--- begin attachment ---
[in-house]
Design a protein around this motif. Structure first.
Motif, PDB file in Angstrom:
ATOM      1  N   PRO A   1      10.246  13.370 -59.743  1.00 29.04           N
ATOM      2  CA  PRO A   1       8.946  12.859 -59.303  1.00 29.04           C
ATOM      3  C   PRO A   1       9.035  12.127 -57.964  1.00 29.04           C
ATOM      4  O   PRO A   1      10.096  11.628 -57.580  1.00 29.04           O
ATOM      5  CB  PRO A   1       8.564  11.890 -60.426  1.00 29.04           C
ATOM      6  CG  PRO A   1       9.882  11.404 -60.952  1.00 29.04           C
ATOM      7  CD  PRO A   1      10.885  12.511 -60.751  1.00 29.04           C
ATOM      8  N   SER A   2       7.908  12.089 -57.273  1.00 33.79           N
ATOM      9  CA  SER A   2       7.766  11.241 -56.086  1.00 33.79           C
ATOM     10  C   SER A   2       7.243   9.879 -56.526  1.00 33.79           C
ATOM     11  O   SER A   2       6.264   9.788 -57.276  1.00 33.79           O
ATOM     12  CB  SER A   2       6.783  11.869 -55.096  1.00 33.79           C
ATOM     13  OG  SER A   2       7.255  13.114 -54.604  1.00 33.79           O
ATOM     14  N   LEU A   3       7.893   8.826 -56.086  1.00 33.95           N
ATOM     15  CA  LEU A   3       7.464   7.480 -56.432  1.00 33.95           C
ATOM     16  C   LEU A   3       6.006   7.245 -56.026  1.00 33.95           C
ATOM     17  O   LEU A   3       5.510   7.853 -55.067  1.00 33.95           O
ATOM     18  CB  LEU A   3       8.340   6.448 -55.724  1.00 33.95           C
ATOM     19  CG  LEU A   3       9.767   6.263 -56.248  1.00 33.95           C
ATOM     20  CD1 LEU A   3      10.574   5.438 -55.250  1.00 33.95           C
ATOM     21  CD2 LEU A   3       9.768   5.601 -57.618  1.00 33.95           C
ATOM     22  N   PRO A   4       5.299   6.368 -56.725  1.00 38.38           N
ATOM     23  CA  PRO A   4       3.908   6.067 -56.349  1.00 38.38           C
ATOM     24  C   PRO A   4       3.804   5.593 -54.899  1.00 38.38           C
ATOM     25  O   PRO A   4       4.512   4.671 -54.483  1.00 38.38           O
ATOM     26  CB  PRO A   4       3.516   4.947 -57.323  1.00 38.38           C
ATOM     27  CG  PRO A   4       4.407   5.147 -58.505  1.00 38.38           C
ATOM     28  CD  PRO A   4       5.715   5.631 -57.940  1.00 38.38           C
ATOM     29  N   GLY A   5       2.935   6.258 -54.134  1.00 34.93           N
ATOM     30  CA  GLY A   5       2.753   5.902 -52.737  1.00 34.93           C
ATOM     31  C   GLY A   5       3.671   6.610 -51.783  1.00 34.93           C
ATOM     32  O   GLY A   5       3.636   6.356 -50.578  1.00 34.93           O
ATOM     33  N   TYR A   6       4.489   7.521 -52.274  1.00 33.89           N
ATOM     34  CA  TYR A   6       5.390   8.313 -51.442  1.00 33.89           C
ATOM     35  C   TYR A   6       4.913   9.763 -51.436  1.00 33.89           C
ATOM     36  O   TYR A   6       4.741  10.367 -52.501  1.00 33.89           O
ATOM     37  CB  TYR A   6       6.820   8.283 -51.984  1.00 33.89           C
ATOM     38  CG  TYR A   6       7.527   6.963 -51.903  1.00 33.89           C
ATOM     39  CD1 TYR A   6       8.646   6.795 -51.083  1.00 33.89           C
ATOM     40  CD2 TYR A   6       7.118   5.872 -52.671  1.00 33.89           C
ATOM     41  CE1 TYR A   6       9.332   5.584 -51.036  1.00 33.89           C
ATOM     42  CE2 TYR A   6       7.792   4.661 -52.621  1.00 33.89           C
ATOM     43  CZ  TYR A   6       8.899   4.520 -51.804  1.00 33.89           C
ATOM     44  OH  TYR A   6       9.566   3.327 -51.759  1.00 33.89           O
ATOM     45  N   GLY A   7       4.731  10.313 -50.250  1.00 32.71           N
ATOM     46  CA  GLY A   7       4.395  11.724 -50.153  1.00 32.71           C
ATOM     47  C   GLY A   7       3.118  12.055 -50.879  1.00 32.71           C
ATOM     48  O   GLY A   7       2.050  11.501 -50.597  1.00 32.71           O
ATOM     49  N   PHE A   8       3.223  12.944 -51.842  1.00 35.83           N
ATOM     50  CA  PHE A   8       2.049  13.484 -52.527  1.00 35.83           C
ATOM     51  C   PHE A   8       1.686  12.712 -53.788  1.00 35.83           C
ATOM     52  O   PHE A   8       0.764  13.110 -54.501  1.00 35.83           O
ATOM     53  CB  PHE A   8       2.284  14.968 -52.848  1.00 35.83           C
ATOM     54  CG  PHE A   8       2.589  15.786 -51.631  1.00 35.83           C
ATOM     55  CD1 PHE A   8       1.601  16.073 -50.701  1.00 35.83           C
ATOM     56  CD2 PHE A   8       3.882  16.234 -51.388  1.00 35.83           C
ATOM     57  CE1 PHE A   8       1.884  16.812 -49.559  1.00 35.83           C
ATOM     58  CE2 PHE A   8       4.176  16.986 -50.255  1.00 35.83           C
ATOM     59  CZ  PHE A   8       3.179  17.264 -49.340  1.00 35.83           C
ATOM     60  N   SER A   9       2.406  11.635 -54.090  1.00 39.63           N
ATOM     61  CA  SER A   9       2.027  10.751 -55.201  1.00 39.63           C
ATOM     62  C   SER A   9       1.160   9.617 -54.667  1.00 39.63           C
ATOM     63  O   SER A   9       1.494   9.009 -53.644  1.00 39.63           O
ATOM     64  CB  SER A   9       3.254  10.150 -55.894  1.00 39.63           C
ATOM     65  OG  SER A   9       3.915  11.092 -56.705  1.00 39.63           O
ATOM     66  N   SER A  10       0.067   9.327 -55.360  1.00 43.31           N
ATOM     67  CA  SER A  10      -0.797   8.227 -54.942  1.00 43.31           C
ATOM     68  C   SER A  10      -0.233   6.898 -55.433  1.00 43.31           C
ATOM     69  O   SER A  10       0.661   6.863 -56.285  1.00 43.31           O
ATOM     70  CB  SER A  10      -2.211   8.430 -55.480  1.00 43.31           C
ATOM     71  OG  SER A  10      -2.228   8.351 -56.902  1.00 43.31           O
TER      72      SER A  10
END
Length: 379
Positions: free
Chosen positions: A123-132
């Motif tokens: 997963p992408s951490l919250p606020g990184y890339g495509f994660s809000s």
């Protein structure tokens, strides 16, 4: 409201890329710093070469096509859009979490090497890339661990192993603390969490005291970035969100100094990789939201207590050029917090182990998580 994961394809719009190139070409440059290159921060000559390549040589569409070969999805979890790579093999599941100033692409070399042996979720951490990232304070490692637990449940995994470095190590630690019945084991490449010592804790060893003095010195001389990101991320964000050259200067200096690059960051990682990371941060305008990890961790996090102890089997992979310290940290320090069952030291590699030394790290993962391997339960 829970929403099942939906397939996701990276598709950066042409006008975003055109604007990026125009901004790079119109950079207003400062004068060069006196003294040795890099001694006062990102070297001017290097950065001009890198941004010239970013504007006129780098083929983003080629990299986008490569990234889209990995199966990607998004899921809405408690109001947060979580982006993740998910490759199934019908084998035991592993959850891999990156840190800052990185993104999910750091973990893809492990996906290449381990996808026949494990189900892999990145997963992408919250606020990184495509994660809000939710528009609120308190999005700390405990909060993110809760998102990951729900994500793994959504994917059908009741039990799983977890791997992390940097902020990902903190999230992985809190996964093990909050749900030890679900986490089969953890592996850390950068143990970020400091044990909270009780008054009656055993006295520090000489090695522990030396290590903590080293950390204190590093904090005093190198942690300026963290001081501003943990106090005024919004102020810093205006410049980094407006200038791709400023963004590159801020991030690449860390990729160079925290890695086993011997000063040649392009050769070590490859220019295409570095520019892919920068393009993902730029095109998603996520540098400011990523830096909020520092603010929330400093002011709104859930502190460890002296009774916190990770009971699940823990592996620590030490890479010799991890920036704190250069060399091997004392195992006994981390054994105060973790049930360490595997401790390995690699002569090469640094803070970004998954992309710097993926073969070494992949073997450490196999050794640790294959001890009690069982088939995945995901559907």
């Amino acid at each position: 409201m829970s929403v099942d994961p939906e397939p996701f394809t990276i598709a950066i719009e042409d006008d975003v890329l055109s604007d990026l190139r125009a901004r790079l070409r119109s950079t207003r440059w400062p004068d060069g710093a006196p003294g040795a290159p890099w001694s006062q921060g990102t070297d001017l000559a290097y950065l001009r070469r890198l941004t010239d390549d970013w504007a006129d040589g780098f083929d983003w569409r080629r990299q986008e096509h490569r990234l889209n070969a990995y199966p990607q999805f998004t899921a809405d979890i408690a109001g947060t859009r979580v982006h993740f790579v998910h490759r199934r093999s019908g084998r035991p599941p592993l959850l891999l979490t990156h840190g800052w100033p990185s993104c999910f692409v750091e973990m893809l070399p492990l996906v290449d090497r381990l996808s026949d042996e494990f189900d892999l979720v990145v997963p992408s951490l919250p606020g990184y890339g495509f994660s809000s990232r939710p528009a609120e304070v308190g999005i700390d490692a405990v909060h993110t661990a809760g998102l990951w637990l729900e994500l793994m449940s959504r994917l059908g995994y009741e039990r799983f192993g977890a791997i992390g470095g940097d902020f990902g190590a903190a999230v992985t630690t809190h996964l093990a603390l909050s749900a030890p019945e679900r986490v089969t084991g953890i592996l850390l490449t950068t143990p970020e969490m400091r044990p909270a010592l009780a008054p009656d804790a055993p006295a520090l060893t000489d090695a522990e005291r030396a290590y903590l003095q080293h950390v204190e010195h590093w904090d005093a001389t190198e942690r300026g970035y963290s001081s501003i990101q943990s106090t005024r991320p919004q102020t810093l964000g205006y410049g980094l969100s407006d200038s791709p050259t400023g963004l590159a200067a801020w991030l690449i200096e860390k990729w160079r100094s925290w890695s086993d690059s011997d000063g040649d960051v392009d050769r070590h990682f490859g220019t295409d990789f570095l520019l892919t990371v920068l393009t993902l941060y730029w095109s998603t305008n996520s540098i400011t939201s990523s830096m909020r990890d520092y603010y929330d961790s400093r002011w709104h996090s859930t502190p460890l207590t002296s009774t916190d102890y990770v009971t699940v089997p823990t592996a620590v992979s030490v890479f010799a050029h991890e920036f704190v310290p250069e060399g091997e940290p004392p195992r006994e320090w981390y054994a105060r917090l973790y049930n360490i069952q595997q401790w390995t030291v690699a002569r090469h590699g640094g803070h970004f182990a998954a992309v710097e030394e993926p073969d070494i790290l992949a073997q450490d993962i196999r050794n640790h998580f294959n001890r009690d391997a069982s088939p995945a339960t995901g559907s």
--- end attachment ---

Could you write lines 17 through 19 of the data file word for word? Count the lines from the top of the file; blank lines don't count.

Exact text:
ATOM     14  N   LEU A   3       7.893   8.826 -56.086  1.00 33.95           N
ATOM     15  CA  LEU A   3       7.464   7.480 -56.432  1.00 33.95           C
ATOM     16  C   LEU A   3       6.006   7.245 -56.026  1.00 33.95           C